If you’ve been thinking about painting your bathroom, you may have heard references to a special type of paint called bathroom paint. You might think that this is different from ordinary interior house paint; that is, paint designed for bathrooms only.
In reality, there really is no such thing as bathroom paint, but there are paints formulated for better performance in the moist environment of bathrooms. You don’t necessarily need to buy so-called bathroom paint to get this performance, but there’s one good reason why you might want to: more options for paint sheen.
Good Paints for Bathrooms
Paints that perform well in bathrooms have a few key characteristics:
- Mildew-inhibiting properties: Bathroom paint has anti-microbial additives that help resist (but not completely prevent) mildew, or mold.
- Washable finish: Since bathroom walls need an occasional wipe-down or even scrubbing, good bathroom paint is slightly tougher and more resilient than other interior paints.
- Tight structure: Some paints have a tighter structure, which can make lower-gloss sheens perform as well as higher-gloss paints in high-moisture environments.
Why Bathrooms Are Hard On Paint
Bathrooms are wet. As a result, moisture should be your first concern when laying down a fresh coat of paint on your walls. Moisture affects your bathroom walls in two ways. Damp air from steamy baths and showers collects on the walls. Then, there’s water directly from the shower, bath, or sink that gets splashed onto the walls.
Moisture can damage paint when it penetrates the paint layer and contacts the drywall or plaster surface underneath. This can lead to peeling paint and mold growth. The less permeable the paint coating, the less moisture gets through.
How Paints Resist Moisture
Long before mildew-resistant properties were added to paint, using high-gloss paints was the most effective way of dealing with bathroom moisture. The higher the gloss, the better the paint finish performs in bathrooms. In older bathrooms, you will often find high-gloss finishes on all surfaces. High-gloss paints do not prevent mildew, but they make easy work when wiping down those drippy, brown stains characteristic of bathrooms.
High-gloss is only one of several sheens of paint. Starting with the flattest (lowest sheen) finish and working upward:
- Flat: Nice matte coating, but best in low-traffic areas where it is never or rarely touched; absorbs moisture, so it is bad for bathrooms; great for halls and dining rooms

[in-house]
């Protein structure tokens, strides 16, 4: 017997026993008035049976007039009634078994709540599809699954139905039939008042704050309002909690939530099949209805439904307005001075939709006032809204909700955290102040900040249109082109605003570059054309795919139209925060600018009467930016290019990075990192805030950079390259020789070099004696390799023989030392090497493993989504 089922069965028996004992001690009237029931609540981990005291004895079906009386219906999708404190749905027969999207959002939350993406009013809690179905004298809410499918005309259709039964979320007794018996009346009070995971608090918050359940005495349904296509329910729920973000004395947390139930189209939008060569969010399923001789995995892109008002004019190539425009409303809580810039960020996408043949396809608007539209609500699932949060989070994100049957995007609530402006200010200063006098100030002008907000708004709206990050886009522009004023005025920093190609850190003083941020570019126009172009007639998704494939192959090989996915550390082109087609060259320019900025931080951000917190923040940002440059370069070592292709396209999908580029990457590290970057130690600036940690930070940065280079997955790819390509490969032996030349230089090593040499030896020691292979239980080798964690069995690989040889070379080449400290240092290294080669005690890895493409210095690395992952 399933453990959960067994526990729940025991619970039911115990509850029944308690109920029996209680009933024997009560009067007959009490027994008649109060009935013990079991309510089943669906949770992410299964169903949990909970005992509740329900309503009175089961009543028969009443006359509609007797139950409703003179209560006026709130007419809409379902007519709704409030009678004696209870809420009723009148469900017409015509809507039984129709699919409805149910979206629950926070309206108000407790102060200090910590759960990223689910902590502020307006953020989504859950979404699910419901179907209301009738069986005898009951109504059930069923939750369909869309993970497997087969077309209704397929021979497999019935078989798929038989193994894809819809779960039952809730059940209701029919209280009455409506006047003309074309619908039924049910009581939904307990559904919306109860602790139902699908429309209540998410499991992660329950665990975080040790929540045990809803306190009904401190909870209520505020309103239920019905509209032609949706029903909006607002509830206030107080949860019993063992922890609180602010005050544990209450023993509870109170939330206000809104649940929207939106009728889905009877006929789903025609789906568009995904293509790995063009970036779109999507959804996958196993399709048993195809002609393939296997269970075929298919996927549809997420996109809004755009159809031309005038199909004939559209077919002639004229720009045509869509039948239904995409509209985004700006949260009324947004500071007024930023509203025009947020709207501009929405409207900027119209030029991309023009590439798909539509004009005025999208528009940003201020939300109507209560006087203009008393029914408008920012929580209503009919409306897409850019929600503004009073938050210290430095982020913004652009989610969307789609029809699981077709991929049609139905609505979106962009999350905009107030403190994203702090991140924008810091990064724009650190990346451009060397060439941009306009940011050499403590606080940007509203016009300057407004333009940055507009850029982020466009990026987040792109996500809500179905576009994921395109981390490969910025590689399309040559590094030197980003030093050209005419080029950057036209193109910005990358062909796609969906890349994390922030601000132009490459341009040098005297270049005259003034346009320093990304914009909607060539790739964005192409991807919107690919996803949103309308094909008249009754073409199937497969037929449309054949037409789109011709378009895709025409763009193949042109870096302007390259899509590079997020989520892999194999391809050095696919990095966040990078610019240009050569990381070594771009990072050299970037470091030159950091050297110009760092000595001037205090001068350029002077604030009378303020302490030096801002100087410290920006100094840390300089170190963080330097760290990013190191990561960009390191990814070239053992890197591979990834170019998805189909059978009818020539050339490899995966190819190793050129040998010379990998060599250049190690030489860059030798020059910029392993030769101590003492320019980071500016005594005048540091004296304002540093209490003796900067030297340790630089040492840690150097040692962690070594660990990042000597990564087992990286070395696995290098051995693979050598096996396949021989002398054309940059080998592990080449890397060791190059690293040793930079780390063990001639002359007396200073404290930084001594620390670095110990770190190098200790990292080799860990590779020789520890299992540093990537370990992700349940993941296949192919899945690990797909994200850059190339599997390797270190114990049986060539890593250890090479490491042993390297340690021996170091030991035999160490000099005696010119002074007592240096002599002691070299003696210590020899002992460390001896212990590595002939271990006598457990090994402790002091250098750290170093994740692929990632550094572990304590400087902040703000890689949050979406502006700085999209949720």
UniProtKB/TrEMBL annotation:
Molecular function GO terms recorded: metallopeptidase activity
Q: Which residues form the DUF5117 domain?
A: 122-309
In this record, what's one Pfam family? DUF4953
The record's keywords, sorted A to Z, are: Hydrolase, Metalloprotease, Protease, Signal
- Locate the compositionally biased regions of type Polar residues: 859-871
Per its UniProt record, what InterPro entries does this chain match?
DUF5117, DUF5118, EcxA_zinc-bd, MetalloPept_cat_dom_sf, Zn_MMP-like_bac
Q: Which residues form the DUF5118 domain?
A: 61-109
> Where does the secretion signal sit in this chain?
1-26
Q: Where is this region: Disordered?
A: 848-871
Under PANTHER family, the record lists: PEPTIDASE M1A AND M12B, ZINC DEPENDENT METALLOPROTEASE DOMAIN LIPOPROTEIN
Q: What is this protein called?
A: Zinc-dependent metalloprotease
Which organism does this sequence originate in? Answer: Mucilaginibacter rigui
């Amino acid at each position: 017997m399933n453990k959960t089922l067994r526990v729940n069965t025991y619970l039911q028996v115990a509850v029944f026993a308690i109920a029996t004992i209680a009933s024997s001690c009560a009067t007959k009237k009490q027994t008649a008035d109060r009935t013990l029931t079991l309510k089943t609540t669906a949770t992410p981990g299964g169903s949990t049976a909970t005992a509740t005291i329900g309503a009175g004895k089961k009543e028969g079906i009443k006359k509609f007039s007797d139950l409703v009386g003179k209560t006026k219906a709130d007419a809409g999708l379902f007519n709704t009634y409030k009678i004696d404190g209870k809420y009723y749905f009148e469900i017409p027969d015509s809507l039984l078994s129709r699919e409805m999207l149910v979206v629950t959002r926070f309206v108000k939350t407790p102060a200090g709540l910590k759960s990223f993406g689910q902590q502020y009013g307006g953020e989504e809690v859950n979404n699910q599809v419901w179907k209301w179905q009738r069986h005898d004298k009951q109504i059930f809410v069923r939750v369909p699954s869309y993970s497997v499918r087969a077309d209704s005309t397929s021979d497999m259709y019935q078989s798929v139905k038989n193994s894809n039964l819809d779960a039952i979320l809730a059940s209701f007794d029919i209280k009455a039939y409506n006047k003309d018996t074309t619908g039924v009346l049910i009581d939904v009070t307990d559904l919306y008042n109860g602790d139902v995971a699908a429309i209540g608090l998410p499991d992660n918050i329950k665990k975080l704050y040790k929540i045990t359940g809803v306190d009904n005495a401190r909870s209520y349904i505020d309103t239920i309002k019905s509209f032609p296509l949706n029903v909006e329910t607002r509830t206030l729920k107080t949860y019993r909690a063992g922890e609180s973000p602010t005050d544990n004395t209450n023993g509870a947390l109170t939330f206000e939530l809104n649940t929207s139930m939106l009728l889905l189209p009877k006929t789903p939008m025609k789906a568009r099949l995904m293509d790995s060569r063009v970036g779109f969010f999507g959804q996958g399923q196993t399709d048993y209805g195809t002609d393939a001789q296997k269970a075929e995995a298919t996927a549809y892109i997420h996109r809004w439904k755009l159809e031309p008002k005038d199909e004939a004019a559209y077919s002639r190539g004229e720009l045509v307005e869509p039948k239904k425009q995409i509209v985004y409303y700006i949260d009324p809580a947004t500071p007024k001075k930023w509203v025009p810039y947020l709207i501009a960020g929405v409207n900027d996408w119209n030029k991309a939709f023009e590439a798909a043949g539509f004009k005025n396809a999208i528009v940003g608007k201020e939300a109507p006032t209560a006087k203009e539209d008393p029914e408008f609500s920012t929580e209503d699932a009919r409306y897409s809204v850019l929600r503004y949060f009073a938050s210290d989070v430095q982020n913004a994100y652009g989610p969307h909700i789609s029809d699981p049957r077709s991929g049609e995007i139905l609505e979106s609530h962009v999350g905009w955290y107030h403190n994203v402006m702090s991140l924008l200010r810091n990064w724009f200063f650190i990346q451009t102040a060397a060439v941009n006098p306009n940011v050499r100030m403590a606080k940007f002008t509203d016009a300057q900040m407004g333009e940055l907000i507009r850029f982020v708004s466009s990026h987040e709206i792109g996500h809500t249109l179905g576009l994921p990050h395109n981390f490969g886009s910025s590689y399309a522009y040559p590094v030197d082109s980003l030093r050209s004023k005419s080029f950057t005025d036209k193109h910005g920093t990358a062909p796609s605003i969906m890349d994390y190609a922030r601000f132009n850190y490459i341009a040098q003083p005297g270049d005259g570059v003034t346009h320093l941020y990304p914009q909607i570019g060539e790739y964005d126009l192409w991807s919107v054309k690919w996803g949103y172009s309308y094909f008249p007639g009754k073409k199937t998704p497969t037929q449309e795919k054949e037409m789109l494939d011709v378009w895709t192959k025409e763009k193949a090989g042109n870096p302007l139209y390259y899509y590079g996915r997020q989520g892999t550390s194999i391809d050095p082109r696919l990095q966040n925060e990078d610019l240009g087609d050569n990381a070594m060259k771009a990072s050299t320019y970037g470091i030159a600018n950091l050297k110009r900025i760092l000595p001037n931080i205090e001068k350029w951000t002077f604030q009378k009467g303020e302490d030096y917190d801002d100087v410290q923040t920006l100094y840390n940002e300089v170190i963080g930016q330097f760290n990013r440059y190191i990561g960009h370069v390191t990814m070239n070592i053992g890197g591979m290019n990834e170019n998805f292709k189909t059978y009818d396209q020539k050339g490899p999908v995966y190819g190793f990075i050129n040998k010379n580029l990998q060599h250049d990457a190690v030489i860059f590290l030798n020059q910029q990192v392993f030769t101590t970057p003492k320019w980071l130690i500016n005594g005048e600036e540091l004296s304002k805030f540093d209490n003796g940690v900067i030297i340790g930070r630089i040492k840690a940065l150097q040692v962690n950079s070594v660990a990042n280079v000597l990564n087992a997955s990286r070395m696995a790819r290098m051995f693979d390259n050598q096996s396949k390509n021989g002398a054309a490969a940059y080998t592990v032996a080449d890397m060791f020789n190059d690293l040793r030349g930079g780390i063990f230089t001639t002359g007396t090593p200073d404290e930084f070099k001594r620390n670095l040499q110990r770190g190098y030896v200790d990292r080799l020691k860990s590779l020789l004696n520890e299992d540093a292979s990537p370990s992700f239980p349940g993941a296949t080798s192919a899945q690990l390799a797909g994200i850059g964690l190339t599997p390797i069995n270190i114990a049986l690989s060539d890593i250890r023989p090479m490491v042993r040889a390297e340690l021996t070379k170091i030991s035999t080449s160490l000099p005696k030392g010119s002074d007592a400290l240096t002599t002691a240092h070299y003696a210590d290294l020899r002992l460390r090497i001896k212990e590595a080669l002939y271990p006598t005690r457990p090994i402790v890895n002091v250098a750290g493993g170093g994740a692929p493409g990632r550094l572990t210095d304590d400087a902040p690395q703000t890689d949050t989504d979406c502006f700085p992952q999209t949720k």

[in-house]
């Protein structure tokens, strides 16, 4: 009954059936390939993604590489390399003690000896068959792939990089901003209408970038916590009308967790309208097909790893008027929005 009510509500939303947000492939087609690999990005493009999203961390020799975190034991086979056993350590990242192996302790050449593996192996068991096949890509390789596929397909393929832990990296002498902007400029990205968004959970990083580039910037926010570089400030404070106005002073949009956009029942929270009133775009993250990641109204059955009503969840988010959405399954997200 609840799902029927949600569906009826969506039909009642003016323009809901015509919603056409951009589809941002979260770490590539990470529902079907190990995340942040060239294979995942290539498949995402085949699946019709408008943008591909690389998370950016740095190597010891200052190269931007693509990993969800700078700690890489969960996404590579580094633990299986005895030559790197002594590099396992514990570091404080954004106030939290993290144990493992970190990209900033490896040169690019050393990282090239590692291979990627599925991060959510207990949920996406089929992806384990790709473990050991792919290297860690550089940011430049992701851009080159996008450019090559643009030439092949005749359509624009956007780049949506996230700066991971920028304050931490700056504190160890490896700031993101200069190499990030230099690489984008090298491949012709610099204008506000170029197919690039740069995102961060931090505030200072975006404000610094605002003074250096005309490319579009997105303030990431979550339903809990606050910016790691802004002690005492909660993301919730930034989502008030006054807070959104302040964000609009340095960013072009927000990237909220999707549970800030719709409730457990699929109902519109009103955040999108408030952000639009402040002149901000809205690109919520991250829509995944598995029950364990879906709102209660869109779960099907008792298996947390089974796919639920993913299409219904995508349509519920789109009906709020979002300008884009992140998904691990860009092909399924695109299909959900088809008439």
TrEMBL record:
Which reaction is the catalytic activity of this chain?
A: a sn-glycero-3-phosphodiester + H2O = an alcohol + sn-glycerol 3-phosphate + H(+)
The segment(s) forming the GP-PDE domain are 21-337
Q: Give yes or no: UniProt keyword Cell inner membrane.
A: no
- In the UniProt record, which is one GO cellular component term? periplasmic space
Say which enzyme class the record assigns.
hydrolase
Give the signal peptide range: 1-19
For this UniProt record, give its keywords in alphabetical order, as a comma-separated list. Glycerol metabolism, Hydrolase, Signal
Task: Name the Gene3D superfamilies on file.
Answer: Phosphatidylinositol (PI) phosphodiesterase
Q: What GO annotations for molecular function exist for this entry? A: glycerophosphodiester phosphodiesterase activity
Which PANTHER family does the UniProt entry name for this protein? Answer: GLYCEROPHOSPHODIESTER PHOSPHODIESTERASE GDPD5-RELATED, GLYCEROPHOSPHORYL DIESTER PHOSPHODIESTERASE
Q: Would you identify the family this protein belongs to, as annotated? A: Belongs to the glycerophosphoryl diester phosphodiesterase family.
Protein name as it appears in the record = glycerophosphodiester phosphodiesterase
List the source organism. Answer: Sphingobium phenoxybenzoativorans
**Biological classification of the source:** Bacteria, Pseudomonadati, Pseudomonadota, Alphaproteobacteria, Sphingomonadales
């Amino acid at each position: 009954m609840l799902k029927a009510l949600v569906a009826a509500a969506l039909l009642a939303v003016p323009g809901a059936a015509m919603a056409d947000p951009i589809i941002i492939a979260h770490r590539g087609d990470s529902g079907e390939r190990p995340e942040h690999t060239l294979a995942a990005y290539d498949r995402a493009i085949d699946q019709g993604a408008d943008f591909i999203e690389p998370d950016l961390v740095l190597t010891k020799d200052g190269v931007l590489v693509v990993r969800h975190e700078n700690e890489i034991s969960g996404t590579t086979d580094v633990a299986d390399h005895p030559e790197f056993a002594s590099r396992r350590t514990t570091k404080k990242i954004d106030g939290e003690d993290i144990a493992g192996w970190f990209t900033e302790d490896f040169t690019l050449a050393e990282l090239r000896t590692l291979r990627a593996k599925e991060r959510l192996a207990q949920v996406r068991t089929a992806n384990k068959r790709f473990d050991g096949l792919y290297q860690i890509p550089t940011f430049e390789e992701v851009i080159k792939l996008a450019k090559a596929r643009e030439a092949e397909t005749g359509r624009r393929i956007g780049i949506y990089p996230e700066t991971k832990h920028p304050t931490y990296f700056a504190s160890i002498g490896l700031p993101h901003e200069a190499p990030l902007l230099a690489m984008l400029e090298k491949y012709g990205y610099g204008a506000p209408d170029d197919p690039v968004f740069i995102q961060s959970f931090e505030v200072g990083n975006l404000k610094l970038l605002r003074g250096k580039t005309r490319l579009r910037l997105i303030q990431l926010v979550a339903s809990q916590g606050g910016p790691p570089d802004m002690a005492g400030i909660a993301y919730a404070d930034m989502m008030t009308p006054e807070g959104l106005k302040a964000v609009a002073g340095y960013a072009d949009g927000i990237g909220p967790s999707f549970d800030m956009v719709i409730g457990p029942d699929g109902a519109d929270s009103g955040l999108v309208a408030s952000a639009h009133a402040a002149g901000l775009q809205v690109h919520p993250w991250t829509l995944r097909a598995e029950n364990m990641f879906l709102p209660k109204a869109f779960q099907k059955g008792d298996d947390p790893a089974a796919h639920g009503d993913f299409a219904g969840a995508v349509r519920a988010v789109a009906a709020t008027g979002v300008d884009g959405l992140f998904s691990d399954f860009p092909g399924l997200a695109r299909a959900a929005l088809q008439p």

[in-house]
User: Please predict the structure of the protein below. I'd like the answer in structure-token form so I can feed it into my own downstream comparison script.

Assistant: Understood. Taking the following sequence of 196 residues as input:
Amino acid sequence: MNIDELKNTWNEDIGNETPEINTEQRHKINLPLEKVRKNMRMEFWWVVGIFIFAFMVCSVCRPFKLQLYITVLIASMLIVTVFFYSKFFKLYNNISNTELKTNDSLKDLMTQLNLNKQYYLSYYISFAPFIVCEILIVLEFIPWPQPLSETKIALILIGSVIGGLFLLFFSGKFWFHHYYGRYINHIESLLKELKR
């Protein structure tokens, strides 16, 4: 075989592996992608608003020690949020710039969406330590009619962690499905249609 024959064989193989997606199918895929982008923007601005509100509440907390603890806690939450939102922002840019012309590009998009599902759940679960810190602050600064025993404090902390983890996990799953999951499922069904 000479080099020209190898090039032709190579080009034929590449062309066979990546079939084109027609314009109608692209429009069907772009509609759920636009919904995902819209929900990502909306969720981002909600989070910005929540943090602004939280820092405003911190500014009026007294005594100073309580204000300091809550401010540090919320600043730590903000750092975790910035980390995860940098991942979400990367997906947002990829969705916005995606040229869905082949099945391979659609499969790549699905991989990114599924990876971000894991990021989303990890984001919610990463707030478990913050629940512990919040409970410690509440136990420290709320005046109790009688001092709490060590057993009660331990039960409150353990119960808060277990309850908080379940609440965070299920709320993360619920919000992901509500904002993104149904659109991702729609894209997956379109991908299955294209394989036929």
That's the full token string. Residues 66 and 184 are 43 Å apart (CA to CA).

- Eggshell: Slightly “sheeny” and more washable and scrub-able than flat; best for places without a lot of moisture
- Satin: Has a bit of a gloss, somewhat more than eggshell, and can be used in low-moisture bathrooms
- Semi-gloss: Excellent finish for any kind of bathroom; repels moisture well and is not ultra-shiny like high-gloss
- High-gloss: Toughest option for bathroom walls but looks awful over large surfaces such as walls; best for smaller surfaces like trim and cabinets
Products You Can Call Bathroom Paints
Many interior house products are even shifting away from the bathroom paint name. Steve Revnew, VP of Product Innovation at Sherwin-Williams explains that his company emphasizes premium paints that tackle moisture and provide durability in any part of the home, in favor of their original Bath Paint.
For instance, Sherwin-Williams’ line of Emerald Interior Acrylic Latex Paint contains anti-microbial properties on par with Bath Paint, and is an ideal paint choice for trim, walls, or ceilings. One problem with flat finishes in moist environments, says Revnew, is that they are porous and have a tendency to trap moisture. Glossy finishes, by contrast, practically “bead water.”
The best thing about paint formulated for bathrooms is that they give you the option of more paint sheens. While standard paints must be satin, semi-gloss, or high-gloss in the bathroom, specially formulated paints can be more matte, or flat.
In addition to Sherwin-Williams’ Emerald line, Benjamin Moore’s Aura Bath And Spa Matte Finish paint is low-sheen and is specially designed for high-moisture areas. Zinsser’s Perma-White paint claims to be guaranteed to prevent the growth of mold and mildew for a minimum of five years. Perma-White can be tinted to off-white, pastel, and medium colors. It comes in eggshell, satin, and semi-gloss finishes.
Cost of Bathroom Paint vs. Standard Paint
Bathroom paint tends to be at the high end of interior paints, excluding overpriced designer paints. You can expect to pay about as much as, or a little more than, premium standard paint, or about $50 to $60 per gallon. The good news is, you’ll get high-quality paint that is designed to last in the bathroom. And, fortunately, bathrooms are relatively small, so it usually takes less than a gallon for two coats.
On the other hand, if you don’t need a low-sheen paint in your bathroom, you should be happy with a good-quality satin, semi-gloss, or high-gloss standard paint with antimicrobial additives and a highly washable finish.
Source: The Spruce